Why 24 Democrats Running For POTUS Will Give Trump A 2020 Headache

During the primary season, President Trump and the Republican Party will face a 24 front war which will make it harder to define the Democratic Party.
President Donald Trump speaks to the media at his private club, Mar-a-Lago, on Thanksgiving in Palm Beach, Fla. Thursday, Nov. 23, 2017 (AP Photo/Alex Brandon, File)

President Donald Trump speaks to the media at his private club, Mar-a-Lago, on Thanksgiving in Palm Beach, Fla. Thursday, Nov. 23, 2017 (AP Photo/Alex Brandon, File)

It seems almost comically absurd to have some 24 candidates running for president from one party. It may even remind liberals of the Republican circus act in which 16 candidates fired away at each other until some unholy eldritch humor favored Donald Trump, prompting them to worry that the winner of the 2020 nomination will be the loudest, most flamboyant politician, not the measured adult capable of living rent-free in The Donald’s head while appealing to enough voters to seal the general election. But what if a protracted Democratic primary in which some 24 candidates vie for attention is actually a net positive?

Consider that Trump is already in a bind for 2020 for several reasons. He’s fighting numerous investigations into his corruption and abuse of power, obstructing Congressional oversight at just about every turn, which is very unpopular with the public. He’s facing historic headwinds as only a little more than a third of Americans think he should get a second term. And being the petty man child that he is, he’s outright refusing to work with Congress to govern unless lawmakers agree to cede absolute legal immunity to him, no matter his conduct, which is not something a nation that prides itself on its history of rebellion against authority finds admirable, to put it mildly.

Now, add 24 media-hungry presidential candidates attacking him on all sides for the next 8 to 11 months, depending on who drops out of the primary based on incoming votes. With Hillary Clinton as the clear frontrunner in 2016, Trump and the entire Republican media machine could fire every rhetorical weapon they had in her direction, as could the Russian disinformation trolls on social media happy to help the campaign. But now, Trump has to fight a war on 24 fronts and with the Democratic House. On who does he focus fire? Nobody knows, not even Democrats. He could try and target the likely nominees, but that’s still at least five or six people.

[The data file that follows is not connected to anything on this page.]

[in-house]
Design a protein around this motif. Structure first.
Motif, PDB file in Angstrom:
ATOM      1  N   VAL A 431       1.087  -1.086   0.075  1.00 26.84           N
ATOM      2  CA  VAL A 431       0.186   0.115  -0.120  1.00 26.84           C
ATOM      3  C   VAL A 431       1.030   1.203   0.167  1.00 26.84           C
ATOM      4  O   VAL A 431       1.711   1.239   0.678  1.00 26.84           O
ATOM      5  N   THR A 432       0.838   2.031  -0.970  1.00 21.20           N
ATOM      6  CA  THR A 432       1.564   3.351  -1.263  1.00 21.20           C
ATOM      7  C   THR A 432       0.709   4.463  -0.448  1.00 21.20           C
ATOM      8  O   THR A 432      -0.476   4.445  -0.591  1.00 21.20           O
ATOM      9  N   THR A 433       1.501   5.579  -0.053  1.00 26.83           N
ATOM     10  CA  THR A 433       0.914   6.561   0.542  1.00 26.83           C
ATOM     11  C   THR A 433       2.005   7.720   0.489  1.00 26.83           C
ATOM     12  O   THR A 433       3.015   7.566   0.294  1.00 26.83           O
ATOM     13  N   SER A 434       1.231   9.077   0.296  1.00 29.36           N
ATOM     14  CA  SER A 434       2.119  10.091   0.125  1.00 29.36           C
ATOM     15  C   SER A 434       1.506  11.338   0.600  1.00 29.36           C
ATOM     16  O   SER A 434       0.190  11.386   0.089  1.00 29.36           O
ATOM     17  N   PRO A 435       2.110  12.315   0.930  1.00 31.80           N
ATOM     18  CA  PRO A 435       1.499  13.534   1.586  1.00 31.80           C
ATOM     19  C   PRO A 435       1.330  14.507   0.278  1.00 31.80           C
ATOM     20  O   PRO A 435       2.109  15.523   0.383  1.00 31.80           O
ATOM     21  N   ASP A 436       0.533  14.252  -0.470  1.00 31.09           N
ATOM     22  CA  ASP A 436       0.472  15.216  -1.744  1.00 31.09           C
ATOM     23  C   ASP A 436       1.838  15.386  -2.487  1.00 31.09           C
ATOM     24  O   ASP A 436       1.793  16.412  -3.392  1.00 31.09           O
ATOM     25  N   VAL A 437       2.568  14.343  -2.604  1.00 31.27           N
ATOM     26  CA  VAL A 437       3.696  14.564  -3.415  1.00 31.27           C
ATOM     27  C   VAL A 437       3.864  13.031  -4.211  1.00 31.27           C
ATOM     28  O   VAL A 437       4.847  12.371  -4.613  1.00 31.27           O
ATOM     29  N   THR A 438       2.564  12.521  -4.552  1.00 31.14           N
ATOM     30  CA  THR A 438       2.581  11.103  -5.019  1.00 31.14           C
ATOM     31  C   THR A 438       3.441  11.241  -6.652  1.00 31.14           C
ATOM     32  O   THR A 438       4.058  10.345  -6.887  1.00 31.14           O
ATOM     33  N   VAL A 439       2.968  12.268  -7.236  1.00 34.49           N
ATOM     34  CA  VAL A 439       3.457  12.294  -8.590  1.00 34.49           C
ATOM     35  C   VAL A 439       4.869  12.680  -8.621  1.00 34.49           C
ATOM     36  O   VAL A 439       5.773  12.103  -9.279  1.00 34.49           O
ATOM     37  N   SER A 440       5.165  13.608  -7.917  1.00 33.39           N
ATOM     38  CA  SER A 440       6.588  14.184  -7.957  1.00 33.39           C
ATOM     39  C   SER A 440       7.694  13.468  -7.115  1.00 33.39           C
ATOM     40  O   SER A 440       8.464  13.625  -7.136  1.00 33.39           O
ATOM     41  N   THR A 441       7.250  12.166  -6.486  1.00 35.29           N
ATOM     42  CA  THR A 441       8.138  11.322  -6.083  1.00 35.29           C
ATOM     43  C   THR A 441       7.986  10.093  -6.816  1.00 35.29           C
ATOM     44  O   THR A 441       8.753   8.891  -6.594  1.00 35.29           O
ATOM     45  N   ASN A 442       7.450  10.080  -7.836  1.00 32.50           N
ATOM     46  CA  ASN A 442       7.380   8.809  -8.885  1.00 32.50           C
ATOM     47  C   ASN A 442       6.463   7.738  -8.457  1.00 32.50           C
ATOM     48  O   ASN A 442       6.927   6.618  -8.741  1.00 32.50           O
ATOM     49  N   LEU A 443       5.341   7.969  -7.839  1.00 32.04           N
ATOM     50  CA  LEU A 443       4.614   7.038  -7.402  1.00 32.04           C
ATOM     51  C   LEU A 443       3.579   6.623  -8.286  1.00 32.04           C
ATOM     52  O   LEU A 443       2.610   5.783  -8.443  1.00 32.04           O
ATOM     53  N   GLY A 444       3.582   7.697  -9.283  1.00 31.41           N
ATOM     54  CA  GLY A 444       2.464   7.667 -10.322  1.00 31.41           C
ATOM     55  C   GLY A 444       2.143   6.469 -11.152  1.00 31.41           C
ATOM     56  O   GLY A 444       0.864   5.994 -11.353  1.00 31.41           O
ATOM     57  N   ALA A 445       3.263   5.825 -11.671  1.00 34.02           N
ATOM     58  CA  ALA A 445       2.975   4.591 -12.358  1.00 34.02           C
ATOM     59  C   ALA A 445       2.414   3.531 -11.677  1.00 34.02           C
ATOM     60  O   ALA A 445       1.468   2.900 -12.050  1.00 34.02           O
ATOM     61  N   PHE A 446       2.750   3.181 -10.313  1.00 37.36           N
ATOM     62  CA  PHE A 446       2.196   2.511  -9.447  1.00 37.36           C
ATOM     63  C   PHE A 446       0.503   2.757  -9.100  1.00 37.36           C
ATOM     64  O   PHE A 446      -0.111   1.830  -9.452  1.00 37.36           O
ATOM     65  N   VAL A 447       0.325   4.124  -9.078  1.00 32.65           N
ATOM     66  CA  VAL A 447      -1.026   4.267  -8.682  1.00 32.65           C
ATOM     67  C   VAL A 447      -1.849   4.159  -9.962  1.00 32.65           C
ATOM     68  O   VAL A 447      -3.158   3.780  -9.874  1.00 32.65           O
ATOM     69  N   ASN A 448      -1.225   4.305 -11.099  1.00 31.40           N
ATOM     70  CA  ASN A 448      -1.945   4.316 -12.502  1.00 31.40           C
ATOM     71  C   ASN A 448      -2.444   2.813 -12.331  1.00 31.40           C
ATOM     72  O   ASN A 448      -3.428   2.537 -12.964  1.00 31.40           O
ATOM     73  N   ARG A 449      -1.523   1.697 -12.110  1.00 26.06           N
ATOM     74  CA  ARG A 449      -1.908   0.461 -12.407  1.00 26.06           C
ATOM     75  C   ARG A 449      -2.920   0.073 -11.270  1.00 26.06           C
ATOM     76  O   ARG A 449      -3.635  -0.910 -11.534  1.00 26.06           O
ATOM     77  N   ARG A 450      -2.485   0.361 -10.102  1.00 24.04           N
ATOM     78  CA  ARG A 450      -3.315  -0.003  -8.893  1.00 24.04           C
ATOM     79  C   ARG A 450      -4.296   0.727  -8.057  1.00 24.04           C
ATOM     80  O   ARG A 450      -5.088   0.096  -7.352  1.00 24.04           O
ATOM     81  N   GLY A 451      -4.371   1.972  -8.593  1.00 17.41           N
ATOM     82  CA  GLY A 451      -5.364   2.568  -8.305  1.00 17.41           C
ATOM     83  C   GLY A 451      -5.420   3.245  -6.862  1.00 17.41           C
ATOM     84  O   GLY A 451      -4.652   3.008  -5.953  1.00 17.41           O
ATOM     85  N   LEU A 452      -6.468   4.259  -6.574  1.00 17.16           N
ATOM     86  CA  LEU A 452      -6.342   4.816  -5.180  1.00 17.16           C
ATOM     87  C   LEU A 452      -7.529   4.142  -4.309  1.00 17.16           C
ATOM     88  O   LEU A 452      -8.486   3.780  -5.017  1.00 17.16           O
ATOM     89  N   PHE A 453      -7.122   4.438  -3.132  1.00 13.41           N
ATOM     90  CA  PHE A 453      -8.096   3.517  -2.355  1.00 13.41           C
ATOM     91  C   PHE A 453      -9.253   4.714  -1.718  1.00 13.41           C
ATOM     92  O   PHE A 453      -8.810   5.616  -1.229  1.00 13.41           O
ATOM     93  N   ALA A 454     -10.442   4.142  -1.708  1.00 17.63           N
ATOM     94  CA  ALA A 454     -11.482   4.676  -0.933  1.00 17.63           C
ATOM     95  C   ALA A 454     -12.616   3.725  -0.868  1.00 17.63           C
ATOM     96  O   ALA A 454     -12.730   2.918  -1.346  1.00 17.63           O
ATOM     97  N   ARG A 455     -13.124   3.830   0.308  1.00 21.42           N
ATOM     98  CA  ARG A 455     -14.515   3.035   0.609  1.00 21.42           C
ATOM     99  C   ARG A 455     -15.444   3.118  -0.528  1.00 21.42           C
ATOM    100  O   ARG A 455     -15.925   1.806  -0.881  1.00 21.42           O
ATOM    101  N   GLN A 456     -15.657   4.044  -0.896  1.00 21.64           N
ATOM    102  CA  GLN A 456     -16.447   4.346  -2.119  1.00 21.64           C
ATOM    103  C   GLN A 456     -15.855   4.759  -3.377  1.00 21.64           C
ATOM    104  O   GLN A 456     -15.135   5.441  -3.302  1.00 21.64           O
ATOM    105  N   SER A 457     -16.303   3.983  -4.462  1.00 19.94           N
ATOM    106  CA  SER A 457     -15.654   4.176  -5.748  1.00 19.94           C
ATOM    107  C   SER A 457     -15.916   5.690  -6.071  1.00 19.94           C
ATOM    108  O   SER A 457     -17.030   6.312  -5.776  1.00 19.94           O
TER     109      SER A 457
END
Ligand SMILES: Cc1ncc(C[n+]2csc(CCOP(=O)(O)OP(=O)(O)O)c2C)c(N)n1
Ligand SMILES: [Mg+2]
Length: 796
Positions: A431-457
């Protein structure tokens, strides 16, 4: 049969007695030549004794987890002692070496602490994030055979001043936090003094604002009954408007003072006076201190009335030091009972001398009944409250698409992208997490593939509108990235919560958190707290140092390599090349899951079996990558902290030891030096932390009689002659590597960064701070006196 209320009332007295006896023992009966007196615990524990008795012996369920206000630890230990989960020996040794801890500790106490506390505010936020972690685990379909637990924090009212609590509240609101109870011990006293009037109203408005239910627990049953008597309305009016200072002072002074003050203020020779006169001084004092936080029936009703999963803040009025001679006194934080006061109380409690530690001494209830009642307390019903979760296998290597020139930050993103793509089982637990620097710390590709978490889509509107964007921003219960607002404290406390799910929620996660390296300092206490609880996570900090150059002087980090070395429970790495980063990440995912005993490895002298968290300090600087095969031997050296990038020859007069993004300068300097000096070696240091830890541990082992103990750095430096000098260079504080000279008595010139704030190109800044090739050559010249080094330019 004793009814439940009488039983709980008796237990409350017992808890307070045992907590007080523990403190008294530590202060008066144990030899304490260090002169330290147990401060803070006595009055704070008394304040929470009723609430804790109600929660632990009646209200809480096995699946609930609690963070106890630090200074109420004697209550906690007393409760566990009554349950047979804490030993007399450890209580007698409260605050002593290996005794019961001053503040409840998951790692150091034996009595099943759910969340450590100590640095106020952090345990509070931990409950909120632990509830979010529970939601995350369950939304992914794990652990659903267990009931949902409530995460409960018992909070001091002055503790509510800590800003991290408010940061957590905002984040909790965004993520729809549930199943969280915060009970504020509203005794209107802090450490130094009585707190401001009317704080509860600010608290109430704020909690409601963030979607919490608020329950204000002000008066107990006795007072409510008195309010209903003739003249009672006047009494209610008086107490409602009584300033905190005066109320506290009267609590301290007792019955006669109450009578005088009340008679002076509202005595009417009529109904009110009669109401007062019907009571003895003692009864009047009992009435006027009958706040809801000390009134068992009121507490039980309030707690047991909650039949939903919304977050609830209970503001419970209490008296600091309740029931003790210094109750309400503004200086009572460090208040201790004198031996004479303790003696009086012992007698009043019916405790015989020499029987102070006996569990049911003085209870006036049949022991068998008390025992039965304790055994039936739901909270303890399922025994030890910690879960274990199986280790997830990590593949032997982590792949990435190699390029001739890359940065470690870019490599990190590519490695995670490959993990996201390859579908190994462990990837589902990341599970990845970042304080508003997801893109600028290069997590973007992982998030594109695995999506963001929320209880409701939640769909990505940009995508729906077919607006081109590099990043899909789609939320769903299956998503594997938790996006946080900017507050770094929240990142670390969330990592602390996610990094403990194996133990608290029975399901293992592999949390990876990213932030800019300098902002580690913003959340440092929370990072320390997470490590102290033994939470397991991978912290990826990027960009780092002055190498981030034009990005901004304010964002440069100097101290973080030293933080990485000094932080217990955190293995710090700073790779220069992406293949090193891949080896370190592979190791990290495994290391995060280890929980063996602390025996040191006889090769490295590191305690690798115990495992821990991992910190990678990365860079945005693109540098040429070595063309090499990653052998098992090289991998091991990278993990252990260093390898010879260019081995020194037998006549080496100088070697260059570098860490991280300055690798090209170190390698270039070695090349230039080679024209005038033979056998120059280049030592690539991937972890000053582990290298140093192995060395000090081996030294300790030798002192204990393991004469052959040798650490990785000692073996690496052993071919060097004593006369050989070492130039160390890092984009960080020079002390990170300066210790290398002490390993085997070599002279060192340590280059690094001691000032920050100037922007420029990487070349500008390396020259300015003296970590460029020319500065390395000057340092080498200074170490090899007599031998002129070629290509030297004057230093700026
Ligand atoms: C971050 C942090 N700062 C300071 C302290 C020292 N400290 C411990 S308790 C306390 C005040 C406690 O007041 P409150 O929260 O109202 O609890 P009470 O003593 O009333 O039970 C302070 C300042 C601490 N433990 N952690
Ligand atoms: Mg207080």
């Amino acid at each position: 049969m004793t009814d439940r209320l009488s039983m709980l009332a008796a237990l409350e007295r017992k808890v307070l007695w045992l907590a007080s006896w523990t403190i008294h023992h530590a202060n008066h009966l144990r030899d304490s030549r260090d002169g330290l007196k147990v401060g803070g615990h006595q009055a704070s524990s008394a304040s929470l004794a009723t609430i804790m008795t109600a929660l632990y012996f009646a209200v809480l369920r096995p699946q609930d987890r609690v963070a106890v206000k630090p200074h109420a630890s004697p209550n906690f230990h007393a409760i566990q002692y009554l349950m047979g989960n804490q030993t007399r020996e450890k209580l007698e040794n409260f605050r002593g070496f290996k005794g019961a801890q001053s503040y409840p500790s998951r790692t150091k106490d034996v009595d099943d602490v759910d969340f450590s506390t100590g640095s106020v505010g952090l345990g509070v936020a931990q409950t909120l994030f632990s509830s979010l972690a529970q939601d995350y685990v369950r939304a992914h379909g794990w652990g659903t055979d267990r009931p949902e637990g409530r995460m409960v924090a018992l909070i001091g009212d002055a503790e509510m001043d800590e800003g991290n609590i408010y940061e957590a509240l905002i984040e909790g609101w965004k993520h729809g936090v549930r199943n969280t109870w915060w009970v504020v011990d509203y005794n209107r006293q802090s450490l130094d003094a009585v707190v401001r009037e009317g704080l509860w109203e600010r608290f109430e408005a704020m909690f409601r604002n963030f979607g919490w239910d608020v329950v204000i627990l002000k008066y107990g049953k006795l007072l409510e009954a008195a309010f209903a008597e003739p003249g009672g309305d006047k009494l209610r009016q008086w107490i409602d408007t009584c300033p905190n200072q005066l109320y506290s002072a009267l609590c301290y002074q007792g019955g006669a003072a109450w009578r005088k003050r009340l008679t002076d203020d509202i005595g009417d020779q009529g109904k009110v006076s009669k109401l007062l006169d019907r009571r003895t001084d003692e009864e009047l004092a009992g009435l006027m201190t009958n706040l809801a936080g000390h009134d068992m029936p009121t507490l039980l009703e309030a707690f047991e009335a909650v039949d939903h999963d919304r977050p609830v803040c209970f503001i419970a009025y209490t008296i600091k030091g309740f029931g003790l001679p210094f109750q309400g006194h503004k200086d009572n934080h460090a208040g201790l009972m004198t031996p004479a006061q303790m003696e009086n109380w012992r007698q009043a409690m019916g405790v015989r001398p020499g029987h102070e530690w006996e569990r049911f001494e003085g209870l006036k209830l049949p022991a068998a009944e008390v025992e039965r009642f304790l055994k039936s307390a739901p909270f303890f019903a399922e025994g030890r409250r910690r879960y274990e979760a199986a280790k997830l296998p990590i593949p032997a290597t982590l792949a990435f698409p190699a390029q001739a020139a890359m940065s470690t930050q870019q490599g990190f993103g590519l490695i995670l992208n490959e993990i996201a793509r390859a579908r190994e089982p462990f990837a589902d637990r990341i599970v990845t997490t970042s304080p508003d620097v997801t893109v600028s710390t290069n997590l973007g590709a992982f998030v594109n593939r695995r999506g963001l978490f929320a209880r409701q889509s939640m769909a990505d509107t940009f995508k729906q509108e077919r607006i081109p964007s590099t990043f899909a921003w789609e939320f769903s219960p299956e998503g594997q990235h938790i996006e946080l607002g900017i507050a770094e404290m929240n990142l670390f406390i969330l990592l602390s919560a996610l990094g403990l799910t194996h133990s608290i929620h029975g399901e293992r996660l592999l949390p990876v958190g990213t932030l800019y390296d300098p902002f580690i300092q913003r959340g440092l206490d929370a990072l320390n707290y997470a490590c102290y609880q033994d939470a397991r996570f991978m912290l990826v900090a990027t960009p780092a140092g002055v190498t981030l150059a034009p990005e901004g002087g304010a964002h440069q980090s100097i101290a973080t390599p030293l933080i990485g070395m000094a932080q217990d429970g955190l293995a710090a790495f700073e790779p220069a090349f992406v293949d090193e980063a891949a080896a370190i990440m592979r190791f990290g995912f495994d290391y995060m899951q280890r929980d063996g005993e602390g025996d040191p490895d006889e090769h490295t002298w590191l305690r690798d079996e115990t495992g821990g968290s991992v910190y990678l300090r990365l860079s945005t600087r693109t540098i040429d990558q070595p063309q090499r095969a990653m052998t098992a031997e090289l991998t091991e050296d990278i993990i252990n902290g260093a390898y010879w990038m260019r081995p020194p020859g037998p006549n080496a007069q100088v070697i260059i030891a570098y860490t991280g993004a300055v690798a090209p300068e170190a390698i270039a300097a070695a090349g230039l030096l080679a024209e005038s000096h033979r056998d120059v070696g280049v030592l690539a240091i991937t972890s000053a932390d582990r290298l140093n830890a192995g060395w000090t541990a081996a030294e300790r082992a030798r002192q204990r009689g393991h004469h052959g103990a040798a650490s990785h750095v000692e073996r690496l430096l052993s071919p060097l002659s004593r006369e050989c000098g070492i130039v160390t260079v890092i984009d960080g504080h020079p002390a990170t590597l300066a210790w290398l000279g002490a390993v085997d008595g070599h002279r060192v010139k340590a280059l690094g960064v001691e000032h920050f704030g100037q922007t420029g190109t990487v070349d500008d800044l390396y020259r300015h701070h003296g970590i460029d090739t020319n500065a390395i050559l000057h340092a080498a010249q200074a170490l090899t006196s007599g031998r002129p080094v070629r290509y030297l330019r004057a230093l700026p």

Meanwhile, his friends at Fox News are more than happy to start smear campaigns against every Democrat as a wild-eyed communist zealot, likely with a mind control chip installed by the ghosts of Lenin and Stalin, but they’d need to run them against more than a dozen candidates. Even in the minds of the 60-somethings who watch the network religiously, both figuratively and literally, the details are going to start blurring together and they’ll have a very hard time trying to recall which one of the Satanic pedophile Demon-rats is trying to set up death panels, and which one is trying to add a pro-infanticide amendment to the Constitution.

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Differentiating between all of the Democratic candidates will be overwhelming. Tarring them all with the same brush will be lazy and repetitive. Fully aware of that, Fox will have to move on to doing their best Chris Crocker impression, crying “leave Donald alone!” and covering the same old GOP conspiracy theories while they wait for someone to seal the nomination. In other words, the same sustained attacks on a single Democratic candidate simply aren’t possible with such a wide field of politicians who are loath to attack one another with more than civil and academic policy disagreements — with the exception of Bernie Sanders whose angry surrogates are busy sending out hit jobs on his competition — but are united in their sniping at Trump’s follies.

If they continue to go through the primary season with the same attitude, focusing on issues instead of giving Fox and the rest of the right-wing media ammo for their opponents, they can keep the coverage focused squarely on Trump’s shortcomings rather than the “Dems in disarray!” narrative the media loves to run. The media is so used to the GOP being a unified, hierarchical phalanx, they can no longer understand how a party can passionately and continually debate the best course of action within itself, and still offer proposals for getting things done as one team.

No matter how you slice it, a crowded field of passionate Democrats with their sights on 2020 presents a serious challenge for the GOP and a strong field of good bets for the left. Anyone who passed a history class will tell you that it’s virtually impossible to win a war fought on three fronts. Trump and Republicans are currently facing up to 11 months of fighting on 27 open fronts if we were to include the House investigations into his conduct as a candidate and president, the 14 criminal investigations farmed out to the Southern District of New York and other federal prosecutors by the Special Counsel’s Office, and slow but steady slides in already historically low voter approval. The GOP better buckle up. It’s going to be a rough year.

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Opinion // Democratic Party / Donald Trump / Republican Party